Artist: Wassily Kandinsky (Abstraction)
During the American Post WWII Art Movement/ Abstract Expressionism period (mid 1940s- 1960), artists Wassily Kandinsky (1866-1944) and Arshile Gorky (1904-1948), both used abstraction in their artworks in order to create a representation and critique of their world. Using nonfigurative artwork they used colors and shapes in order to not only portray a painting, but to express the actual emotions involved within the artwork. (Damajanovic, S.) Focusing on Kandinsky’s artwork “Composition VII” and Gorky’s artwork “One Year the Milkweed”, the concept of expressing emotions through form and technique can be observed.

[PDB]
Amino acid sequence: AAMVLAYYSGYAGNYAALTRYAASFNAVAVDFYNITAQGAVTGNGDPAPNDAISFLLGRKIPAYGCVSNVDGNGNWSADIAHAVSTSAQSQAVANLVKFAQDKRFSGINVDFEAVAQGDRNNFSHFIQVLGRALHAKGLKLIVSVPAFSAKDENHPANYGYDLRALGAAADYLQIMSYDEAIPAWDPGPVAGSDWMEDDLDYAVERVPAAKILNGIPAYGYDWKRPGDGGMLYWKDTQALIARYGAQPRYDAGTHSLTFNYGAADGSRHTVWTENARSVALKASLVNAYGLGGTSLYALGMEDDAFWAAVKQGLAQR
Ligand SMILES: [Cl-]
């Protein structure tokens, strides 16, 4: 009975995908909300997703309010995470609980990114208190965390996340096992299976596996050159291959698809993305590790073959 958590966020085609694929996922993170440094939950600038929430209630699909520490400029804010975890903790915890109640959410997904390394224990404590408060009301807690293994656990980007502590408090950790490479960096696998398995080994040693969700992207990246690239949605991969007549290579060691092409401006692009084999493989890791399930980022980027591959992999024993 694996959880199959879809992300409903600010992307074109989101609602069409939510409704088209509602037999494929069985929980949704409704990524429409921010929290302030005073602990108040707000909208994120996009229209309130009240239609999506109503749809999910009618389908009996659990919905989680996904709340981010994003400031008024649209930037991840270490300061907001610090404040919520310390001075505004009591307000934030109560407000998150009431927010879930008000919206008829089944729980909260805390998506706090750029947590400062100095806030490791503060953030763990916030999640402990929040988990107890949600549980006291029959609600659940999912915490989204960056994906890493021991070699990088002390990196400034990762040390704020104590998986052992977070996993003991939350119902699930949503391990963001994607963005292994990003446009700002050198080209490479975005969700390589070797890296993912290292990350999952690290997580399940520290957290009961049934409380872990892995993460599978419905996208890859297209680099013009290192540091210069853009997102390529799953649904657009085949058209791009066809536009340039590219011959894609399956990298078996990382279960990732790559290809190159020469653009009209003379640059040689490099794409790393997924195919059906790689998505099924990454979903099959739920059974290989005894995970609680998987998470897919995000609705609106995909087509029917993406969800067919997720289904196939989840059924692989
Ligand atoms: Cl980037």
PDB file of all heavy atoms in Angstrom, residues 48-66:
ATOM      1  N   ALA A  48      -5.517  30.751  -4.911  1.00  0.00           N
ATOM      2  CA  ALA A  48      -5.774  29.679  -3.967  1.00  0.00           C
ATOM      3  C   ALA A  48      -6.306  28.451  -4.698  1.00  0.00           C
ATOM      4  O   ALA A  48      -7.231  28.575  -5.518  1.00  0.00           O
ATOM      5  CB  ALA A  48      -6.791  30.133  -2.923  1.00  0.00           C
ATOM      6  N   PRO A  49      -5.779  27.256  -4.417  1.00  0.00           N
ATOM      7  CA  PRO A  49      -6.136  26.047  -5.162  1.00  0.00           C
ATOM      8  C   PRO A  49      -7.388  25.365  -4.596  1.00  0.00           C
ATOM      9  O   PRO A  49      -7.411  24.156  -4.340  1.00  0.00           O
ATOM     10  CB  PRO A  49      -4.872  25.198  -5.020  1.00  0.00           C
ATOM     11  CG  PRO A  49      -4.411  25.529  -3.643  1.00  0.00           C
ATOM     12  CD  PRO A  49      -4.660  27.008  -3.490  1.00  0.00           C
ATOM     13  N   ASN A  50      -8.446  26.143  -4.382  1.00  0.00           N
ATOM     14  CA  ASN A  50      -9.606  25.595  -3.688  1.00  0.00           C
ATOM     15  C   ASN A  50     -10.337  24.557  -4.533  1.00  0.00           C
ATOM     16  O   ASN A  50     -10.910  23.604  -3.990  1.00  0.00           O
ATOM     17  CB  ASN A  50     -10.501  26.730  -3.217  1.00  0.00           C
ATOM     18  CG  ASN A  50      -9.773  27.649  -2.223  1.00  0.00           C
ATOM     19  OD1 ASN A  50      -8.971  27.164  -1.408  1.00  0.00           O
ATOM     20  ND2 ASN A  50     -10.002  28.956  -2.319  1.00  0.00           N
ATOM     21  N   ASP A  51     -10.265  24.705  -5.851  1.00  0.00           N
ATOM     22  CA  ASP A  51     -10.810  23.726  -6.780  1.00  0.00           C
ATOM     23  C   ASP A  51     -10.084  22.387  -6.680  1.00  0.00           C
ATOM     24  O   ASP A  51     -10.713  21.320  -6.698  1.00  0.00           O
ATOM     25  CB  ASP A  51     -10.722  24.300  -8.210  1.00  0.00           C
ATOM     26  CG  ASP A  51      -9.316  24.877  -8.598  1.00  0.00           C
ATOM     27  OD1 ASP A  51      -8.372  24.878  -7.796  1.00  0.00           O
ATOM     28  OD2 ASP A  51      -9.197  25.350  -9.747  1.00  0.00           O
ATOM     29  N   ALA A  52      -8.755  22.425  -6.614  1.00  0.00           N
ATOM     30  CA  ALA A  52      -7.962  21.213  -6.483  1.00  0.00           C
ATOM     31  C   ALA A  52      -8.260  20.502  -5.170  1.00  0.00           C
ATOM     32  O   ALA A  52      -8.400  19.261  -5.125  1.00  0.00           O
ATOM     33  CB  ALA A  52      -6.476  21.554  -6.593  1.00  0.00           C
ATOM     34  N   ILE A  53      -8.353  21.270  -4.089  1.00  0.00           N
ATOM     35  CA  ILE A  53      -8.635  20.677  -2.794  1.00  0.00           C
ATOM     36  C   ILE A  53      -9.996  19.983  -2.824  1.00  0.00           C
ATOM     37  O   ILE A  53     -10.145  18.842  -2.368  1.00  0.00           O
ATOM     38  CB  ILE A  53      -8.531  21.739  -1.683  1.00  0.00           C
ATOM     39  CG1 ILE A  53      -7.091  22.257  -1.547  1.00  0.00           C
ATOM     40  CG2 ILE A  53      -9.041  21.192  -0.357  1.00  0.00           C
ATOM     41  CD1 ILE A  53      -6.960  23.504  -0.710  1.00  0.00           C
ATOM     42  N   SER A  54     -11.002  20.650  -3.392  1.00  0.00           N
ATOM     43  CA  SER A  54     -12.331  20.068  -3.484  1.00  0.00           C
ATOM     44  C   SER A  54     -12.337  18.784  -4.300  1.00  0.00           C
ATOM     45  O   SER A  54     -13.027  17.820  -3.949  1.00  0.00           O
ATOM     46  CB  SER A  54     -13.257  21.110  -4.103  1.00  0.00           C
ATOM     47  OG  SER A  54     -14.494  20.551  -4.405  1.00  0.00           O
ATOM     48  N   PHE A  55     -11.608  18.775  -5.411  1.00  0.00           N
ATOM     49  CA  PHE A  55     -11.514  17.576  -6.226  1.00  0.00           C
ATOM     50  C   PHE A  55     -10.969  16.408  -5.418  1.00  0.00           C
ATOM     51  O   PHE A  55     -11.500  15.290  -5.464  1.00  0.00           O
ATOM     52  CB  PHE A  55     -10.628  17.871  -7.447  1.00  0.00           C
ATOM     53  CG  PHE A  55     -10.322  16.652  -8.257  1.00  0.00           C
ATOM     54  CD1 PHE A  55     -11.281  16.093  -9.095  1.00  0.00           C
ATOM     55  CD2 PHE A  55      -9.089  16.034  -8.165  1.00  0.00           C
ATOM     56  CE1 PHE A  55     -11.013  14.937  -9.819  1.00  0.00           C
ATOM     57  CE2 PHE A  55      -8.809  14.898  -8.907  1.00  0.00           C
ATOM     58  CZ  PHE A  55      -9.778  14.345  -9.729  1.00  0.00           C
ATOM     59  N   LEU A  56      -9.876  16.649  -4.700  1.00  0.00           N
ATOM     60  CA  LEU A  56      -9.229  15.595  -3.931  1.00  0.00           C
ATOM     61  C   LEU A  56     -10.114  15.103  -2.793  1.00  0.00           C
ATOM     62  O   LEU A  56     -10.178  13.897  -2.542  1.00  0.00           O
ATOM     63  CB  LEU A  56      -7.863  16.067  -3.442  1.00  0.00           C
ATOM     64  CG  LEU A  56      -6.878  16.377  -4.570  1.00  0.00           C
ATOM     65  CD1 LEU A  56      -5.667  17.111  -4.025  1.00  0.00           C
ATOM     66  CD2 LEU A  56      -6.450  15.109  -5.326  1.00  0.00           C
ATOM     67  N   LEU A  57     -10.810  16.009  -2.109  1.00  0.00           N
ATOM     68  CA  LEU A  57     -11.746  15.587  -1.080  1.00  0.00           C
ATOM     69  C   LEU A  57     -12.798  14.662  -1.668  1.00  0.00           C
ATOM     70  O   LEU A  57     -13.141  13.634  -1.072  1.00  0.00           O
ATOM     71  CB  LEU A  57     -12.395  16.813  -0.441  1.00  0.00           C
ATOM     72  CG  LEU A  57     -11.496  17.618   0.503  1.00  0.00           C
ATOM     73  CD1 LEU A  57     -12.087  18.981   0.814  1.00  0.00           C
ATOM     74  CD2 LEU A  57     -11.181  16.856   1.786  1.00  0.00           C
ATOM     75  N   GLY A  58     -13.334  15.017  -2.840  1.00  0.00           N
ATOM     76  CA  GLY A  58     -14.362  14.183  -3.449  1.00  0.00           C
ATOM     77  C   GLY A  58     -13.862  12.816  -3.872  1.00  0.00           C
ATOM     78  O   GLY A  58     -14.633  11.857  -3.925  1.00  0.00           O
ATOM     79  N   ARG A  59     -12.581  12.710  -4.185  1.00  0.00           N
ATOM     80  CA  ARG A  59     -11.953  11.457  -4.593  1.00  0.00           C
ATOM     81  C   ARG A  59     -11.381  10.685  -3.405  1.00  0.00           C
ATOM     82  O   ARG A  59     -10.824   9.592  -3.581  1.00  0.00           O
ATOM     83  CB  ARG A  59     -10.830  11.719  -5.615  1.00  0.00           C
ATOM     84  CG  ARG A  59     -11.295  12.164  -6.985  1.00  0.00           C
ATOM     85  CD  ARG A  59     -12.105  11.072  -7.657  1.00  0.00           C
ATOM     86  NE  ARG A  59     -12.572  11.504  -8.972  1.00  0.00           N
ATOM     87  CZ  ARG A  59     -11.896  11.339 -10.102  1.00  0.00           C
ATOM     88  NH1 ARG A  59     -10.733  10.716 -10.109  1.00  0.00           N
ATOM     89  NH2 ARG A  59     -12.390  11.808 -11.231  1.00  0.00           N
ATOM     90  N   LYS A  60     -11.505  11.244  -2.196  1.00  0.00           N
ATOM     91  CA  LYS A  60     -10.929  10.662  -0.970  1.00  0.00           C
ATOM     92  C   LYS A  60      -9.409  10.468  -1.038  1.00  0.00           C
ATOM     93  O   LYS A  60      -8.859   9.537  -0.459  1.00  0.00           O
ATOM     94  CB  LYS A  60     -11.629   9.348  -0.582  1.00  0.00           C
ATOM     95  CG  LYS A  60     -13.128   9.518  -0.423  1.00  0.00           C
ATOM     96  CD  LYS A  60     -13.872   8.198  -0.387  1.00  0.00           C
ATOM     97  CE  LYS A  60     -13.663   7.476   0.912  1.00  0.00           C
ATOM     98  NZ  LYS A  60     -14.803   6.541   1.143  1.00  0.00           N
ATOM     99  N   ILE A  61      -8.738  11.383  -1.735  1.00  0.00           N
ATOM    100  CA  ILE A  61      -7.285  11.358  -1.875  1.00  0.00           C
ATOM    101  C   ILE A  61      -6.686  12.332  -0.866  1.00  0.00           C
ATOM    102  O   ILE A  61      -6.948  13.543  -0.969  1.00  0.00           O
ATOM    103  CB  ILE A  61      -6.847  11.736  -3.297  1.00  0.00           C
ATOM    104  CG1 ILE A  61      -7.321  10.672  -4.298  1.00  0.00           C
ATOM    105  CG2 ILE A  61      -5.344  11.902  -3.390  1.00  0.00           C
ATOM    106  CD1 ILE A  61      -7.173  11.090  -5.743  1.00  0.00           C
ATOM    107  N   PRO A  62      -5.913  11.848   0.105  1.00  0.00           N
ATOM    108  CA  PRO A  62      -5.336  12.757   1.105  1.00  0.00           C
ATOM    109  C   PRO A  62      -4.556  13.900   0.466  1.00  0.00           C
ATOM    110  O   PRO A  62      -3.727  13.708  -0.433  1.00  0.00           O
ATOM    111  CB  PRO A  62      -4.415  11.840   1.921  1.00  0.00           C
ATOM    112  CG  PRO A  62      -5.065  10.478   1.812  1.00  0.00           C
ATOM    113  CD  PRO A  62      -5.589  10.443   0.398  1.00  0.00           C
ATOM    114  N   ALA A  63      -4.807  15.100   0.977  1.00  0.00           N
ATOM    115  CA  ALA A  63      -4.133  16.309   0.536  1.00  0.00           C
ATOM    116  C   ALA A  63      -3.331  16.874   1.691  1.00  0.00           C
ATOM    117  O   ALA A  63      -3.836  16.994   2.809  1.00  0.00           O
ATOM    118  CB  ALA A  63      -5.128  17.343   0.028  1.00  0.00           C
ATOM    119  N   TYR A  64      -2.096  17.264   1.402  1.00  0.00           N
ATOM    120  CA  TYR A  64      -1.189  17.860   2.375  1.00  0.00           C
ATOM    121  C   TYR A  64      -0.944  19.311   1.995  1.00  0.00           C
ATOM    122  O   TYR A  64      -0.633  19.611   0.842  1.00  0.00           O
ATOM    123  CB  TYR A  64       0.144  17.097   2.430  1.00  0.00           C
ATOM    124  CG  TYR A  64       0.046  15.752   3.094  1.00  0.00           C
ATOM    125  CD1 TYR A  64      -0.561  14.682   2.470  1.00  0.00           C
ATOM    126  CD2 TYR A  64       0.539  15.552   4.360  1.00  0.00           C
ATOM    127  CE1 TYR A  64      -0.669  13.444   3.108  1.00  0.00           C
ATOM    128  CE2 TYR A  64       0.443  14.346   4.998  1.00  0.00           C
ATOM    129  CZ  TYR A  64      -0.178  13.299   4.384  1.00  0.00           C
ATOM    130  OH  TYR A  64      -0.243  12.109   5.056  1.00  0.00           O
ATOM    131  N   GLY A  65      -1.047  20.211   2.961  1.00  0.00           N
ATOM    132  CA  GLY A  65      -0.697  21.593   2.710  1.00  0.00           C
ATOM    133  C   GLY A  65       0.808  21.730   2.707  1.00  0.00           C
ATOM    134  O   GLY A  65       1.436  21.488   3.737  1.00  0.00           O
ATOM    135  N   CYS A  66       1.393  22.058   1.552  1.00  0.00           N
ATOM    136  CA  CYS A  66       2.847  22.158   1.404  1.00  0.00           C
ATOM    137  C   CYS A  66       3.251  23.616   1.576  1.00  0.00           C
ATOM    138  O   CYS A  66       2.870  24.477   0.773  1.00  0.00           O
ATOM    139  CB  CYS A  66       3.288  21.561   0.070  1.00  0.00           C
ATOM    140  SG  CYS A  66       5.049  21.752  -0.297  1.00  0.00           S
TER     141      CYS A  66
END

Abstraction expressionism was a form of art created during the late 1900’s. This period was where artists experimented with different colors or shapes in order to evoke the unconscious feelings by combining both the emotional intensity and the artists self expression. (Damajanovic, S.) It was a part of “Modern Art” in a period after the World War II, artists went against traditional ways of creating art such as Historicism where everything was based on themes and were representations of real world ideas. (Collins, T. ) They started exploring new ways of expressing their ideas- “Abstract Expressionism” was one of them. Wassily Kandinsky was a Russian artist who led way to the creation of Abstract Expressionism. His abstract art were influenced by many factors such as his emotions, personal expressions and music (many of his artwork were named as “compositions” or “improvisations”), he also had a disease called synaesthesia where he was able to hear and see colors. (Irish Art Encyclopaedia) Claude Monet’s painting “Haystack” also had a big influence on him as the paintings were very vague: Monet used different variations of colors based on the light and atmosphere. (WebExhibits) This had intrigued Kandinsky as he was unable to see what the painting had depicted,...